“What we've simply done is recognise the advocacy we get from the teams,” explained Aquilina of the arrangement, which he says provides a “reasonably modest contribution” to the teams.
“We're recognising what they do for us as a brand with a bit of additional support from what we've been doing in the last couple of years.
“It's not just a parts deal, it's a package of stuff. I don't want to go into detail, but it helps ease their costs a little bit.
“I hope it's a small start to a longer-term relationship with all of the Holden teams.”
Aquilina said there are no specific demands for Holden signage on the cars as part of the agreement, and stressed the deal is not a result of Ford’s return to the category.
Ford made a big splash in Adelaide, marking the debut of its Mustang Supercar with a demonstration featuring a NASCAR Mustang and legends Dick Johnson and Marcos Ambrose.
“We're only just executing now, but it's something we've been talking about as a company since the new marketing team came on board,” Aquilina, who joined the company last April, continued.
“[The new team] recognised our involvement in the sport, shaping what we want it to look like in the longer-term, and realising that perhaps whatever happened in the past, let's put that behind us.
“We felt that the right decision for us as a brand in the future is to be more involved than just narrowing it to one team.
“[Last year’s marketing change] gives you good reason to do a bit of checking as to why it is that we're involved in the sport in the first place, our core reasons for being involved, from a brand perspective and a commercial perspective as well.
“And making sure we come up with the best plan that meets our objectives.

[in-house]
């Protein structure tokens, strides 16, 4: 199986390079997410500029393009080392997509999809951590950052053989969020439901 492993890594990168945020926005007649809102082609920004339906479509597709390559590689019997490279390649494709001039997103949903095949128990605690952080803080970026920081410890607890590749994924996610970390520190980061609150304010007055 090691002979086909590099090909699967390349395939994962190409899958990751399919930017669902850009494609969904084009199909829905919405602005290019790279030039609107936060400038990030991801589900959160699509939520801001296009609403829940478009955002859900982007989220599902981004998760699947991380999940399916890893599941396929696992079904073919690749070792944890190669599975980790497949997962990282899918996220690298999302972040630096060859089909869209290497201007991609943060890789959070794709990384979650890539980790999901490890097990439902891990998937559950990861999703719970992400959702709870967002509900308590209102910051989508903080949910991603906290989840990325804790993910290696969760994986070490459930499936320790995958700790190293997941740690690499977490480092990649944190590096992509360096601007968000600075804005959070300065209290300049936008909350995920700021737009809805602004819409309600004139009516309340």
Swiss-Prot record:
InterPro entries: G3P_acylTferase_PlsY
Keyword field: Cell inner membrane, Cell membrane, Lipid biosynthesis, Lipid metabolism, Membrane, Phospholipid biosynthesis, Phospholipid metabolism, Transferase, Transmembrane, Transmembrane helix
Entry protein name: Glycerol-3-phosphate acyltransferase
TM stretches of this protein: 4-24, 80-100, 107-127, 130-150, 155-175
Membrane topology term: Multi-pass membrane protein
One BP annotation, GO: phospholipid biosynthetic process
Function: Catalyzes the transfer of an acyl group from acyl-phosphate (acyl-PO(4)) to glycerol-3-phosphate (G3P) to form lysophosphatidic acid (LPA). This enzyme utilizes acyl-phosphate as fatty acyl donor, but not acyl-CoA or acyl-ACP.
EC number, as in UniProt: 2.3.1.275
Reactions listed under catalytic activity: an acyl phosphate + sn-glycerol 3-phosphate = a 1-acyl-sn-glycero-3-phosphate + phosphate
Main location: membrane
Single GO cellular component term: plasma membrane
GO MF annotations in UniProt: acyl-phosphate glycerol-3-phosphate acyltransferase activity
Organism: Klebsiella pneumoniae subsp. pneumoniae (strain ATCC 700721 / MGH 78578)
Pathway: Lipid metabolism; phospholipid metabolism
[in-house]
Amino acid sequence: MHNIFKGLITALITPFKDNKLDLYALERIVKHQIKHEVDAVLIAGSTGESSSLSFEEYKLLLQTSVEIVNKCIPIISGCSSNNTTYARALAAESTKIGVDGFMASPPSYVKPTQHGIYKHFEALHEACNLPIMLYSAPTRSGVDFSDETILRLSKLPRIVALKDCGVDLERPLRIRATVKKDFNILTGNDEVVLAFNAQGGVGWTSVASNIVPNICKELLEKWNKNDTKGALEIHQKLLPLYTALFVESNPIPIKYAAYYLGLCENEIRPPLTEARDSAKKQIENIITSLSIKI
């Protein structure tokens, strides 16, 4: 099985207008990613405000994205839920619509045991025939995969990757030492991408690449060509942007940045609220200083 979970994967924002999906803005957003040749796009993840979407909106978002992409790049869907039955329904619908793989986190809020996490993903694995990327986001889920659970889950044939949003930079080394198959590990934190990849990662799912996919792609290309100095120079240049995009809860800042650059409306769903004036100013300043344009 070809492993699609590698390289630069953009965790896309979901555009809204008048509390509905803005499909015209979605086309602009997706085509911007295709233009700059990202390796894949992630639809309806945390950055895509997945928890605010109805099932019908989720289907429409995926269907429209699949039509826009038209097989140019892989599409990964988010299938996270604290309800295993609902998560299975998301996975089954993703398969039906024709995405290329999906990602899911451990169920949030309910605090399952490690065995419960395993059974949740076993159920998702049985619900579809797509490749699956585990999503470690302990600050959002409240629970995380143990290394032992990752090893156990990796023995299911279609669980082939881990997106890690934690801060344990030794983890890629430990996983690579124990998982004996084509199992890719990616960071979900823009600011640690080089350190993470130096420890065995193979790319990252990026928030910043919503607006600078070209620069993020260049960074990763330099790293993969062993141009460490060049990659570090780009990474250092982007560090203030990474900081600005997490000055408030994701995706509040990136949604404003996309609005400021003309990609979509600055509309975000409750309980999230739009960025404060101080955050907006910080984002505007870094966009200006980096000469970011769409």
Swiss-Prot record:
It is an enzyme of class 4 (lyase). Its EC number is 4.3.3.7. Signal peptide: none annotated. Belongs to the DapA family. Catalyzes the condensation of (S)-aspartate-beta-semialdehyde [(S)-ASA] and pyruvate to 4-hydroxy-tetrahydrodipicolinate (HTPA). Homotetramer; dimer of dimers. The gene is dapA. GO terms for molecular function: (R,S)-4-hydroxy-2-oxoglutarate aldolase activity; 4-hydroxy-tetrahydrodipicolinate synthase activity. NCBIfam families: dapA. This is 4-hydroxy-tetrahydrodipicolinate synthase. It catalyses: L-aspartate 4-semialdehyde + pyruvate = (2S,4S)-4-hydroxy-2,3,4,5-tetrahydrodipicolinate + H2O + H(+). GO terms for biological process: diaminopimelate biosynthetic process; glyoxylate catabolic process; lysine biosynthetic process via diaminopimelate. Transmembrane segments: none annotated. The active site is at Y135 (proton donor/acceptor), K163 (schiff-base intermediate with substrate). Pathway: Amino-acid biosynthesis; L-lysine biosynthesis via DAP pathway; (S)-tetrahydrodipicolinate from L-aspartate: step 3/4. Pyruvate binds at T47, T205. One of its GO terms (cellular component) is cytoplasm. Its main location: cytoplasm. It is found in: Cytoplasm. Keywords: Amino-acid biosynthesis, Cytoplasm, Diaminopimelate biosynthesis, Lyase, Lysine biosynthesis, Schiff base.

“Part of our plan is to have a pitlane of Holden teams who are supportive of Holden and are advocating our efforts.”
Aquilina says some teams have already offered the use of their drivers for road car promotions, which may tie-in with Holden’s current marketing push around its SUV models.
Supercars’ demographic, notes Aquilina, correlates strongly with the SUV-buying sector.
“The guys (Supercars drivers) that actually drive our [road] cars, that have access to our cars, are pretty positive about it. They want to get that message out there,” he said.
“[They say] ‘why isn't Holden necessarily sailing up the sales charts? We can do something about that – because our experience when we go bush-bashing in a Colorado or drive an Equinox, it's a bloody good car. Not many people know about it and we've got an audience that might be interested, so give us a chance to do it'.
“The way that plays out and how the teams might want to help support that, we're very open to. We're only limited by our ideas and our ability to fund it. There is a lot of goodwill.
“I'd hope to see a lot more content come out, because while we talk about the cars a lot at the track, the heroes are the drivers and people are interested in what they are impressed by.
“That's an opportunity for us to tell the Holden story, and show the drivers' enthusiasm for the Holden product.”